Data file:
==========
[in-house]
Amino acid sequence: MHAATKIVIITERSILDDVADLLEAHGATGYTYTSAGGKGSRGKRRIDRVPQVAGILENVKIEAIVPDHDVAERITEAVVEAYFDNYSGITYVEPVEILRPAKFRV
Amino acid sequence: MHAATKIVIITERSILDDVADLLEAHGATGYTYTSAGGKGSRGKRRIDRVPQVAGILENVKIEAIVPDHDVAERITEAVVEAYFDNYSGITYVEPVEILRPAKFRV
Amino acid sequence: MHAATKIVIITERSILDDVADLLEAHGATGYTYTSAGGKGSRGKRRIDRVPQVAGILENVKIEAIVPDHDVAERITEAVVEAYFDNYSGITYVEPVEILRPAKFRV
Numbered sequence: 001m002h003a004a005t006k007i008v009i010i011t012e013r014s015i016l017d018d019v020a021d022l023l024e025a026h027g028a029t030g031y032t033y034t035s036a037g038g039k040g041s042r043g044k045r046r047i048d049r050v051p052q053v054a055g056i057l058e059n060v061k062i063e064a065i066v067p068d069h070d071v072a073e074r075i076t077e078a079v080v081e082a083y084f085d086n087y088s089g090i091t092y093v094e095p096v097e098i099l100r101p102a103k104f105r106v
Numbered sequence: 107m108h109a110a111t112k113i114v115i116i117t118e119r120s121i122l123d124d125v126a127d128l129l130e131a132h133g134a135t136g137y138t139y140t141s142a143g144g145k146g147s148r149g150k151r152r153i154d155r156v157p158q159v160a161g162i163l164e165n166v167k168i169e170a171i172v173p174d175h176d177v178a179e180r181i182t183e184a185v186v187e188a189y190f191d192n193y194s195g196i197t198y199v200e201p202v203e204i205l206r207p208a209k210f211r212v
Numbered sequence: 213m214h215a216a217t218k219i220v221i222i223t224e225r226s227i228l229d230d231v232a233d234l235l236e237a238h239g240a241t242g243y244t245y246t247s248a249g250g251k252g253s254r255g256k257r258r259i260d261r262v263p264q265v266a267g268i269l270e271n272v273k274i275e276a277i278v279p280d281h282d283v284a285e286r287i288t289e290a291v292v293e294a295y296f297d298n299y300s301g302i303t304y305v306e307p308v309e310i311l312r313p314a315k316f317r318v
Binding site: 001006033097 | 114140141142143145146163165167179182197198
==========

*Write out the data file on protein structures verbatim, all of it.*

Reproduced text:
[in-house]
Amino acid sequence: MHAATKIVIITERSILDDVADLLEAHGATGYTYTSAGGKGSRGKRRIDRVPQVAGILENVKIEAIVPDHDVAERITEAVVEAYFDNYSGITYVEPVEILRPAKFRV
Amino acid sequence: MHAATKIVIITERSILDDVADLLEAHGATGYTYTSAGGKGSRGKRRIDRVPQVAGILENVKIEAIVPDHDVAERITEAVVEAYFDNYSGITYVEPVEILRPAKFRV
Amino acid sequence: MHAATKIVIITERSILDDVADLLEAHGATGYTYTSAGGKGSRGKRRIDRVPQVAGILENVKIEAIVPDHDVAERITEAVVEAYFDNYSGITYVEPVEILRPAKFRV
Numbered sequence: 001m002h003a004a005t006k007i008v009i010i011t012e013r014s015i016l017d018d019v020a021d022l023l024e025a026h027g028a029t030g031y032t033y034t035s036a037g038g039k040g041s042r043g044k045r046r047i048d049r050v051p052q053v054a055g056i057l058e059n060v061k062i063e064a065i066v067p068d069h070d071v072a073e074r075i076t077e078a079v080v081e082a083y084f085d086n087y088s089g090i091t092y093v094e095p096v097e098i099l100r101p102a103k104f105r106v
Numbered sequence: 107m108h109a110a111t112k113i114v115i116i117t118e119r120s121i122l123d124d125v126a127d128l129l130e131a132h133g134a135t136g137y138t139y140t141s142a143g144g145k146g147s148r149g150k151r152r153i154d155r156v157p158q159v160a161g162i163l164e165n166v167k168i169e170a171i172v173p174d175h176d177v178a179e180r181i182t183e184a185v186v187e188a189y190f191d192n193y194s195g196i197t198y199v200e201p202v203e204i205l206r207p208a209k210f211r212v
Numbered sequence: 213m214h215a216a217t218k219i220v221i222i223t224e225r226s227i228l229d230d231v232a233d234l235l236e237a238h239g240a241t242g243y244t245y246t247s248a249g250g251k252g253s254r255g256k257r258r259i260d261r262v263p264q265v266a267g268i269l270e271n272v273k274i275e276a277i278v279p280d281h282d283v284a285e286r287i288t289e290a291v292v293e294a295y296f297d298n299y300s301g302i303t304y305v306e307p308v309e310i311l312r313p314a315k316f317r318v
Binding site: 001006033097 | 114140141142143145146163165167179182197198